That’s because alcohol is biphasic. In small amounts, it has stimulating effects. In larger amounts, it acts as more of a sedative.

CBD has similar effects, which is why it may be useful both for promoting energy and focus during the day and for getting more rest at night.

A selection of CBD oil and other hemp products that can be used for a variety of different therapeutic purposes.

CBD’s Sedative-like Effects are Dosage Dependent

Now that you understand the basics of CBD’s biphasic properties, it’s easy to understand why CBD has so many different effects. It’s also easy to see why many people are asking whether CBD makes you sleepy, or why some people may experience tiredness after taking CBD.

The truth is, the effects you experience from CBD are dose dependent, and the dosage you need will be entirely unique to you because of the unique balance of your Endocannabinoid System.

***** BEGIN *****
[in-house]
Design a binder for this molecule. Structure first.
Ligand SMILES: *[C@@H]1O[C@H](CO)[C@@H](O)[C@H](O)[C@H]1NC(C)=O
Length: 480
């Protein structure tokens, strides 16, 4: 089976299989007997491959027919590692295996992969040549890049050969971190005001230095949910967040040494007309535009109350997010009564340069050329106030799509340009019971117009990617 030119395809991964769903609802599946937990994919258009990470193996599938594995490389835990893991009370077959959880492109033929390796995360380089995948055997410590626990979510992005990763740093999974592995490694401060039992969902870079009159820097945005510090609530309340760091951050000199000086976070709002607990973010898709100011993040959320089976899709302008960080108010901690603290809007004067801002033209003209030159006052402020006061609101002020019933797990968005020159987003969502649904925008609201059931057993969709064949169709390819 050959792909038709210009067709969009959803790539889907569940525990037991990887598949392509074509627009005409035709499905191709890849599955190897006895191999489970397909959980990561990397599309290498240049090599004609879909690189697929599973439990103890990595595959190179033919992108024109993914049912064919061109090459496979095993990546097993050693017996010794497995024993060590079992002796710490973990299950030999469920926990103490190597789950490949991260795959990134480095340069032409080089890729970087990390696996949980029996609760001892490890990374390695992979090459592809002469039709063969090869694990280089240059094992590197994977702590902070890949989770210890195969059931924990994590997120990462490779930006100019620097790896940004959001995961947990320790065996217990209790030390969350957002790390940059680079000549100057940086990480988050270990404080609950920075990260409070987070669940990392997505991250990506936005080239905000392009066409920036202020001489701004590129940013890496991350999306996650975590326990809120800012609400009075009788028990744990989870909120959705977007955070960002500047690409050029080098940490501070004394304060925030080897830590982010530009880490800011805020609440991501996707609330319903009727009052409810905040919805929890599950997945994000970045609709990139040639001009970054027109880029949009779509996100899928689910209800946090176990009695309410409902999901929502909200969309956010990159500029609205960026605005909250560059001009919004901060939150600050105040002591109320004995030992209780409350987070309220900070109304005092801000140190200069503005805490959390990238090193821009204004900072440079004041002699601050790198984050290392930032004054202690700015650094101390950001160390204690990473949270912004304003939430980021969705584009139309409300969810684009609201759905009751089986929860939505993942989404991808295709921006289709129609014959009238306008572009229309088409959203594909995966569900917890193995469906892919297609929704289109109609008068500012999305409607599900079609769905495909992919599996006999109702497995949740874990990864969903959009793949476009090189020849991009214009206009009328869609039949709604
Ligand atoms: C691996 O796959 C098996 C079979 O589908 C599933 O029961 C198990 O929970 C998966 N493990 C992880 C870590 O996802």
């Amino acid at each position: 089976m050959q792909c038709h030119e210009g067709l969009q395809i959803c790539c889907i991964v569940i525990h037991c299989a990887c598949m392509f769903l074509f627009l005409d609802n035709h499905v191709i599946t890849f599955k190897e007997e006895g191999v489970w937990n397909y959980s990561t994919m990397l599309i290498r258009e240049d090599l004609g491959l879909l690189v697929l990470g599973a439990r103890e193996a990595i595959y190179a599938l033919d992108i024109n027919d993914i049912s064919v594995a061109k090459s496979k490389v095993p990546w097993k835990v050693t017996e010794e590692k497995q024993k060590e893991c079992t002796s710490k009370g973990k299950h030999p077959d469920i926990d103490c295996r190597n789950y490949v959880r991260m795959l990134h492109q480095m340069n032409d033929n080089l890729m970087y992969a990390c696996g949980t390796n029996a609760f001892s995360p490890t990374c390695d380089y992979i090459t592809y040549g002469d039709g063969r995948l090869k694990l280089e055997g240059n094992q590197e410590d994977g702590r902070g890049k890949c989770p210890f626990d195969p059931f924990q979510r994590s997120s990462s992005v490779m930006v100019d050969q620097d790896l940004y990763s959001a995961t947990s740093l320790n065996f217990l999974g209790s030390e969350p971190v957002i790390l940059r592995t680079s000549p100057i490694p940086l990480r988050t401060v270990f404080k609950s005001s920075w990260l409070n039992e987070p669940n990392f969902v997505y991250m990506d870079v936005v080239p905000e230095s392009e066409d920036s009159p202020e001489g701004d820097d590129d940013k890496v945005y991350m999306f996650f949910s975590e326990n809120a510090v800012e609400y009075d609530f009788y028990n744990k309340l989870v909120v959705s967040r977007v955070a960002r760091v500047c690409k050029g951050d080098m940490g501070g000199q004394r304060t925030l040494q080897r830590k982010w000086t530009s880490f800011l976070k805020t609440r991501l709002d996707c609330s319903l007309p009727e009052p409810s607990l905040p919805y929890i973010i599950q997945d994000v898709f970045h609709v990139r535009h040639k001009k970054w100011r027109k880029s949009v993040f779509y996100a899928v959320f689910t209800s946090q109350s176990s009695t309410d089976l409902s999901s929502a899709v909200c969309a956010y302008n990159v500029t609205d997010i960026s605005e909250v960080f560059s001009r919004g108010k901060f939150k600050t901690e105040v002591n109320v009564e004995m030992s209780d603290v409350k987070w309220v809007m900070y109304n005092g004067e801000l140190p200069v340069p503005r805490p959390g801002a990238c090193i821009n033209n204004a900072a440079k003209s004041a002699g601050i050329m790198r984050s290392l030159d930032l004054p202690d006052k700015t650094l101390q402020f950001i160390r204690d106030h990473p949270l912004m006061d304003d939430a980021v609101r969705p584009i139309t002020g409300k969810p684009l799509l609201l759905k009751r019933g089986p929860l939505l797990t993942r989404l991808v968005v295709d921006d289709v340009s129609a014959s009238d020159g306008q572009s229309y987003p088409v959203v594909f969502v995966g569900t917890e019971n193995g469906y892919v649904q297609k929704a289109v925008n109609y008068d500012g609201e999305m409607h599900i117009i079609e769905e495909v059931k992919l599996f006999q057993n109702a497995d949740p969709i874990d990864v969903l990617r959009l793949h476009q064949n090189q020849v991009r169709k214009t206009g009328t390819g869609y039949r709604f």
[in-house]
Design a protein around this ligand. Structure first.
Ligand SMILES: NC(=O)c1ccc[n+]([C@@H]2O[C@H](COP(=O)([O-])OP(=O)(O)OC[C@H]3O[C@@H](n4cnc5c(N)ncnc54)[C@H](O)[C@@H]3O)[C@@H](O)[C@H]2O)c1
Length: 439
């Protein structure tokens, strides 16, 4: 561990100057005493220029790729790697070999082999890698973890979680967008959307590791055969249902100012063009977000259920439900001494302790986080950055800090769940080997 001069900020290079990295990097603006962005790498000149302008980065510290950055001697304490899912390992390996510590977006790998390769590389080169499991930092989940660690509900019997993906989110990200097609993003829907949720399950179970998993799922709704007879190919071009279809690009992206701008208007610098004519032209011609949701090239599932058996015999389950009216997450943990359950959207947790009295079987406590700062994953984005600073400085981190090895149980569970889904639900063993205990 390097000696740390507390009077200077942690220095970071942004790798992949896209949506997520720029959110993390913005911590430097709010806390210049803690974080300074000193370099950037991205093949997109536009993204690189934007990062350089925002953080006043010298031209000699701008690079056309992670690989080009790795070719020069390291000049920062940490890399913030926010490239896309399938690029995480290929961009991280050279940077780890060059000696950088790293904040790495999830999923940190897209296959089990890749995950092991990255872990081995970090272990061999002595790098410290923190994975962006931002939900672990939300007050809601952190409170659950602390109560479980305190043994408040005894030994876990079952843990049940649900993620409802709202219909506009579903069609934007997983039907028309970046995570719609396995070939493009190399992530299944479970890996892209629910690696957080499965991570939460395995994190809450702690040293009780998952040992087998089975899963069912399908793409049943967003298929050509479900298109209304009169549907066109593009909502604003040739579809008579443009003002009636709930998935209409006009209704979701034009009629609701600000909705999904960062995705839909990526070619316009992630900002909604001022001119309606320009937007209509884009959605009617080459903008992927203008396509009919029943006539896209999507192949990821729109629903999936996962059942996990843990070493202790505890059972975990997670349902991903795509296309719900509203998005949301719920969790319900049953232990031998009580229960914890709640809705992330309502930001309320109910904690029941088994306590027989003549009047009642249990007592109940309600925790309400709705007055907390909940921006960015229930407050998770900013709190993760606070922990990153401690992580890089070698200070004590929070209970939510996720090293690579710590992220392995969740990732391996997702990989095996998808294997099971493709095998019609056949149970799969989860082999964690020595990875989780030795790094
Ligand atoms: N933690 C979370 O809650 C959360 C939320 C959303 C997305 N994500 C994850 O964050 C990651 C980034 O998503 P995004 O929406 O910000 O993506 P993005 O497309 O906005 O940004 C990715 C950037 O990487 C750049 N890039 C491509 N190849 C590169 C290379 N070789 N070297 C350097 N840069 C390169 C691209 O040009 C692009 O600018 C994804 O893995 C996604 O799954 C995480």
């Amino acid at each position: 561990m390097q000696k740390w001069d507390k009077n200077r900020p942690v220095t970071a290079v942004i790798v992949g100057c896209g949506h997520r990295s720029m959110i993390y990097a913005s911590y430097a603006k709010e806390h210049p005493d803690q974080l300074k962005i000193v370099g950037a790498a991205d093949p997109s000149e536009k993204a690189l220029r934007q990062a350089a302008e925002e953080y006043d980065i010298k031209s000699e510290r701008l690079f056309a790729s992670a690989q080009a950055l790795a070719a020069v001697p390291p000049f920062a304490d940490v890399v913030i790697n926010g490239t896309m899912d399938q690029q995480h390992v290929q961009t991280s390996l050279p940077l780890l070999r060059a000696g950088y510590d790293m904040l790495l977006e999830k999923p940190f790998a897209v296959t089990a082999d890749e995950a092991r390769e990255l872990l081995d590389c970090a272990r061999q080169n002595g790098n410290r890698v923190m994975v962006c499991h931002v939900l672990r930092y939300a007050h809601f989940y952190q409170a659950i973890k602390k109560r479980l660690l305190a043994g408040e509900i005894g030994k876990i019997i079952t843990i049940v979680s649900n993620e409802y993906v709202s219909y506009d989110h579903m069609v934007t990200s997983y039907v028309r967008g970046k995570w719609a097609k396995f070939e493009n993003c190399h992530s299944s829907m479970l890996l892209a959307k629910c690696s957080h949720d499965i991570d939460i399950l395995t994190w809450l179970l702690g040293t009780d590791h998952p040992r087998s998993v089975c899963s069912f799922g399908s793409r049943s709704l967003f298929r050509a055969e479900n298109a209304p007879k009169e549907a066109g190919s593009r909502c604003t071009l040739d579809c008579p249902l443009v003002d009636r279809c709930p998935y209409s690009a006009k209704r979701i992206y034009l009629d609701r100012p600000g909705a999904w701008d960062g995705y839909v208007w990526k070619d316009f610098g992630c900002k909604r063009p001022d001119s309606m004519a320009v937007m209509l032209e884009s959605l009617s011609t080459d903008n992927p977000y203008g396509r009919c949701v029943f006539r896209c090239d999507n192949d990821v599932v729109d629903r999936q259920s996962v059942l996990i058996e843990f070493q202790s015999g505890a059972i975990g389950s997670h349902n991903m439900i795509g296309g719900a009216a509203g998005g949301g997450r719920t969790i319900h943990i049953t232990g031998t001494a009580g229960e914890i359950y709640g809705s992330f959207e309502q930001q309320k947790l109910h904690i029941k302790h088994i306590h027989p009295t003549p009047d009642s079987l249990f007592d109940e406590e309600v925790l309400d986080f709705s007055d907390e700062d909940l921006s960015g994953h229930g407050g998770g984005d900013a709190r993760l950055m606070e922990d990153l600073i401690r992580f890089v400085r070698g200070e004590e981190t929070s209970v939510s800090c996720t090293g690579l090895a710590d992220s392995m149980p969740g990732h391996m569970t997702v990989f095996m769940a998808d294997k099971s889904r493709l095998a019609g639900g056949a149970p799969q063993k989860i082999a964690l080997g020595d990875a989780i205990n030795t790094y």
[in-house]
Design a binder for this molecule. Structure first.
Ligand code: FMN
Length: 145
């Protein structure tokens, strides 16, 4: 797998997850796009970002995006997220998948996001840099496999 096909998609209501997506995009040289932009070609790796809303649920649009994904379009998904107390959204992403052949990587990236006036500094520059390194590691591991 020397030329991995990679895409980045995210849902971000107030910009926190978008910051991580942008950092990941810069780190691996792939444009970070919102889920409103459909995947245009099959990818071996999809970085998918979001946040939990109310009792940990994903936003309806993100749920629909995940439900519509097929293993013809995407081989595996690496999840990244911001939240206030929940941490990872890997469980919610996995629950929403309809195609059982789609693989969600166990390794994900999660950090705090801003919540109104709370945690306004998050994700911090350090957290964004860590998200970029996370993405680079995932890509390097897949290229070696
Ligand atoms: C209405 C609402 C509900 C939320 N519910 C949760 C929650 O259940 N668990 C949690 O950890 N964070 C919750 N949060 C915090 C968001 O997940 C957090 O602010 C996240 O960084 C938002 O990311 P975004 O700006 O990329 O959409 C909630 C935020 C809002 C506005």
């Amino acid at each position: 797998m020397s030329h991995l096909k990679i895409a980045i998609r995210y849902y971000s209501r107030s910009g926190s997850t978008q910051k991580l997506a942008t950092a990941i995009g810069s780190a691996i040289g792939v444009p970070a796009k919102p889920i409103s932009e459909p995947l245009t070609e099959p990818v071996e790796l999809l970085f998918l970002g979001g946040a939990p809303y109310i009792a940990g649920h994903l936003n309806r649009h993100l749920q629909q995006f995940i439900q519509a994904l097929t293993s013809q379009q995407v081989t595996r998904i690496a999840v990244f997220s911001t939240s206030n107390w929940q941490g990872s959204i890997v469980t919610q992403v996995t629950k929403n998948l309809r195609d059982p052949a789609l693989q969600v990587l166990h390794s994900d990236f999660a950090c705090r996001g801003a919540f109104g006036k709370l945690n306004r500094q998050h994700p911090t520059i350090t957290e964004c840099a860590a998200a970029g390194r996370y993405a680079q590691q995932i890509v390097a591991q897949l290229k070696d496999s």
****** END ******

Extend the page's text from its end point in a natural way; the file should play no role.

When taking CBD for focus, energy, or other daytime uses, you may try smaller doses of CBD. A good starting point for many people is 25 mg, but you can start lower and adjust your dose as needed.

When taking CBD for sleep, you may need a larger dose.

Alternatively, many people prefer to use targeted cannabinoid formulations that are designed to support sleep. Other cannabinoids, like CBN, may have sleep-enhancing benefits of their own. When paired with CBD, the two may potentiate each other's effects, a phenomenon known as the “ensemble effect.”

Our CBD + CBN Dream Collection is specifically designed to support healthy sleep cycles and promote restoration overnight. Each Dream Gummy dose offers a standard 25 mg dose of CBD alongside a 5 mg dose of CBN (which is much stronger), but the Dream Tincture Oil makes it easy to adjust these doses as needed.